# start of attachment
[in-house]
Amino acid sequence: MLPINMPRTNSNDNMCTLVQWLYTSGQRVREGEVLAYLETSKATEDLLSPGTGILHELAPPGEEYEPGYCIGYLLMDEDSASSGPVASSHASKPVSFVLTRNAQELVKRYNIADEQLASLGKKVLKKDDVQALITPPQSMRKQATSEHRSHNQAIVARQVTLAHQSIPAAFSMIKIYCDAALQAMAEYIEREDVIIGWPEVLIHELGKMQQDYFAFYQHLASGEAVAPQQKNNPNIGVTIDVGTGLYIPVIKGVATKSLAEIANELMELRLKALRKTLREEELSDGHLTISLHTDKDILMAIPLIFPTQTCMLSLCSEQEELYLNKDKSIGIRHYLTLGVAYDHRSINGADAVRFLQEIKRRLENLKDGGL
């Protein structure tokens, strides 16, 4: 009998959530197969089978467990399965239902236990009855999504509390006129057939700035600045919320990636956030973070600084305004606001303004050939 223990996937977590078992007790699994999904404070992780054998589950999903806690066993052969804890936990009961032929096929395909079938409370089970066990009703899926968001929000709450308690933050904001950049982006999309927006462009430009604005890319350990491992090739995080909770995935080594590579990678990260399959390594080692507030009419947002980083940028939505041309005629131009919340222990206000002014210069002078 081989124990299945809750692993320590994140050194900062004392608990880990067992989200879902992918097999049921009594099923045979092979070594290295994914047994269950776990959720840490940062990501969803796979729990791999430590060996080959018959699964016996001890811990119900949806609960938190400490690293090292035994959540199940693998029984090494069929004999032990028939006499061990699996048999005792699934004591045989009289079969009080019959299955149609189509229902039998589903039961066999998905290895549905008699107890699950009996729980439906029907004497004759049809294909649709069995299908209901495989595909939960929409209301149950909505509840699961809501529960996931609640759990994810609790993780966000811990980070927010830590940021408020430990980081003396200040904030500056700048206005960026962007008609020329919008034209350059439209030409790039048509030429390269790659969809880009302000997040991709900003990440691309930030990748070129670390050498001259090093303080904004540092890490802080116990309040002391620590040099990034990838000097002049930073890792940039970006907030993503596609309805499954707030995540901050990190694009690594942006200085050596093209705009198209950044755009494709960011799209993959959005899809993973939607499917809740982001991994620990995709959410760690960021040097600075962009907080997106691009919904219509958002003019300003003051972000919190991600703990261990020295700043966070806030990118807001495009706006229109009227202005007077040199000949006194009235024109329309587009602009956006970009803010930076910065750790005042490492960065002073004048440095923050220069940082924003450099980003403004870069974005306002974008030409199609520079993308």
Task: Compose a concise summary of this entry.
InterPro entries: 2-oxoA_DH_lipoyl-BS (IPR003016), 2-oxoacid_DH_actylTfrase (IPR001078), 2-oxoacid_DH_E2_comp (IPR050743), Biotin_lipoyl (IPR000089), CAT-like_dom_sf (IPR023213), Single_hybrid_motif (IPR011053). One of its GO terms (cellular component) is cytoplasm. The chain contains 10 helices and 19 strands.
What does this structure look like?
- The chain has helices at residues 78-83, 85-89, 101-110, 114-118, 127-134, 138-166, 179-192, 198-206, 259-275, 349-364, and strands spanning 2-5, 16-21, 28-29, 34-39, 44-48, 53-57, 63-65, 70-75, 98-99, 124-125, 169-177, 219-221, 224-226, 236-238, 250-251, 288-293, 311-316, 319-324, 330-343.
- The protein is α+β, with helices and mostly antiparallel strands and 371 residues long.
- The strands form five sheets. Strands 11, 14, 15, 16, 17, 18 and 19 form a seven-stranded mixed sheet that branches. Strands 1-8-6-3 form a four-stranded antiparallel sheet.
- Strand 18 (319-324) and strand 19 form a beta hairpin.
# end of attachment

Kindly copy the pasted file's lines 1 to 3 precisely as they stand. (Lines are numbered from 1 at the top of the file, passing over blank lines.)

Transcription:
[in-house]
Amino acid sequence: MLPINMPRTNSNDNMCTLVQWLYTSGQRVREGEVLAYLETSKATEDLLSPGTGILHELAPPGEEYEPGYCIGYLLMDEDSASSGPVASSHASKPVSFVLTRNAQELVKRYNIADEQLASLGKKVLKKDDVQALITPPQSMRKQATSEHRSHNQAIVARQVTLAHQSIPAAFSMIKIYCDAALQAMAEYIEREDVIIGWPEVLIHELGKMQQDYFAFYQHLASGEAVAPQQKNNPNIGVTIDVGTGLYIPVIKGVATKSLAEIANELMELRLKALRKTLREEELSDGHLTISLHTDKDILMAIPLIFPTQTCMLSLCSEQEELYLNKDKSIGIRHYLTLGVAYDHRSINGADAVRFLQEIKRRLENLKDGGL
């Protein structure tokens, strides 16, 4: 009998959530197969089978467990399965239902236990009855999504509390006129057939700035600045919320990636956030973070600084305004606001303004050939 223990996937977590078992007790699994999904404070992780054998589950999903806690066993052969804890936990009961032929096929395909079938409370089970066990009703899926968001929000709450308690933050904001950049982006999309927006462009430009604005890319350990491992090739995080909770995935080594590579990678990260399959390594080692507030009419947002980083940028939505041309005629131009919340222990206000002014210069002078 081989124990299945809750692993320590994140050194900062004392608990880990067992989200879902992918097999049921009594099923045979092979070594290295994914047994269950776990959720840490940062990501969803796979729990791999430590060996080959018959699964016996001890811990119900949806609960938190400490690293090292035994959540199940693998029984090494069929004999032990028939006499061990699996048999005792699934004591045989009289079969009080019959299955149609189509229902039998589903039961066999998905290895549905008699107890699950009996729980439906029907004497004759049809294909649709069995299908209901495989595909939960929409209301149950909505509840699961809501529960996931609640759990994810609790993780966000811990980070927010830590940021408020430990980081003396200040904030500056700048206005960026962007008609020329919008034209350059439209030409790039048509030429390269790659969809880009302000997040991709900003990440691309930030990748070129670390050498001259090093303080904004540092890490802080116990309040002391620590040099990034990838000097002049930073890792940039970006907030993503596609309805499954707030995540901050990190694009690594942006200085050596093209705009198209950044755009494709960011799209993959959005899809993973939607499917809740982001991994620990995709959410760690960021040097600075962009907080997106691009919904219509958002003019300003003051972000919190991600703990261990020295700043966070806030990118807001495009706006229109009227202005007077040199000949006194009235024109329309587009602009956006970009803010930076910065750790005042490492960065002073004048440095923050220069940082924003450099980003403004870069974005306002974008030409199609520079993308």